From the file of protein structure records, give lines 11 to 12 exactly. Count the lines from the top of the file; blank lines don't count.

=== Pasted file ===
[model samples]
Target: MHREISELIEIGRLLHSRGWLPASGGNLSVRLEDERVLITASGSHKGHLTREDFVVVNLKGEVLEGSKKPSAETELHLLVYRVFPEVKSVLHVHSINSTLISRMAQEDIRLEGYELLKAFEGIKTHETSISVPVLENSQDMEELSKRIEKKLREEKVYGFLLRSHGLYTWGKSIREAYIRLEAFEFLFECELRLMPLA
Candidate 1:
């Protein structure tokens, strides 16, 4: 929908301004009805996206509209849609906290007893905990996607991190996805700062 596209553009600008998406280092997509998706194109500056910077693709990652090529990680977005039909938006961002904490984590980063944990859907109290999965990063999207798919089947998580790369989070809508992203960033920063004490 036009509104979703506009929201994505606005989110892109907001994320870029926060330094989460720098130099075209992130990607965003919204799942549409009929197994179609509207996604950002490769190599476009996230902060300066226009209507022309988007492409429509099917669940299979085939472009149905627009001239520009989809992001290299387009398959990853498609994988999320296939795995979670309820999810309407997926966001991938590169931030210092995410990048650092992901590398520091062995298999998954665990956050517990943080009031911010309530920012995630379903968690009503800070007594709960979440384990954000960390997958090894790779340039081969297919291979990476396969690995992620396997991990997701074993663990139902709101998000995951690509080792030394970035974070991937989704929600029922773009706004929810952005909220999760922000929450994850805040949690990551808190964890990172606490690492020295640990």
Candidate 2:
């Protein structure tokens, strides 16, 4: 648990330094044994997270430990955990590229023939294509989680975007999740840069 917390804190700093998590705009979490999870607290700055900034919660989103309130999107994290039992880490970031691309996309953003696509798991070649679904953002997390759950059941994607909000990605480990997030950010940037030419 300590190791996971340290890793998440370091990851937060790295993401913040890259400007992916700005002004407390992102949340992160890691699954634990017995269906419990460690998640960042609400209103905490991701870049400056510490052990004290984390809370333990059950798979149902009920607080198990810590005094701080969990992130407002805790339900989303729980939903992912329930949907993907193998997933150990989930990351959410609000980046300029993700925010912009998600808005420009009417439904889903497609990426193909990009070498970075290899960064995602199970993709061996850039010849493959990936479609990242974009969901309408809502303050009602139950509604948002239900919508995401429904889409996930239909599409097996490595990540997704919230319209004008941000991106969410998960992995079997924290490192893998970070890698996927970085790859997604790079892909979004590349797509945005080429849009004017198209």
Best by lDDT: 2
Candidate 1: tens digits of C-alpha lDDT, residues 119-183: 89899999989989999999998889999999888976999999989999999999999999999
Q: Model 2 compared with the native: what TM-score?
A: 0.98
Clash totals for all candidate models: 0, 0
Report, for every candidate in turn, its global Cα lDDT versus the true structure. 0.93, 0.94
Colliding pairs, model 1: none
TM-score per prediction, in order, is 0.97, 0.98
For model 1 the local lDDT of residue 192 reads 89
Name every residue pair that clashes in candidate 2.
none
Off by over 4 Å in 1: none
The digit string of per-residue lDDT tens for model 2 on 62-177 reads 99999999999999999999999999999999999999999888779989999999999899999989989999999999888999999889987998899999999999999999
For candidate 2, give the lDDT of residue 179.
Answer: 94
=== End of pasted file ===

Clash totals for all candidate models: 0, 0
Report, for every candidate in turn, its global Cα lDDT versus the true structure. 0.93, 0.94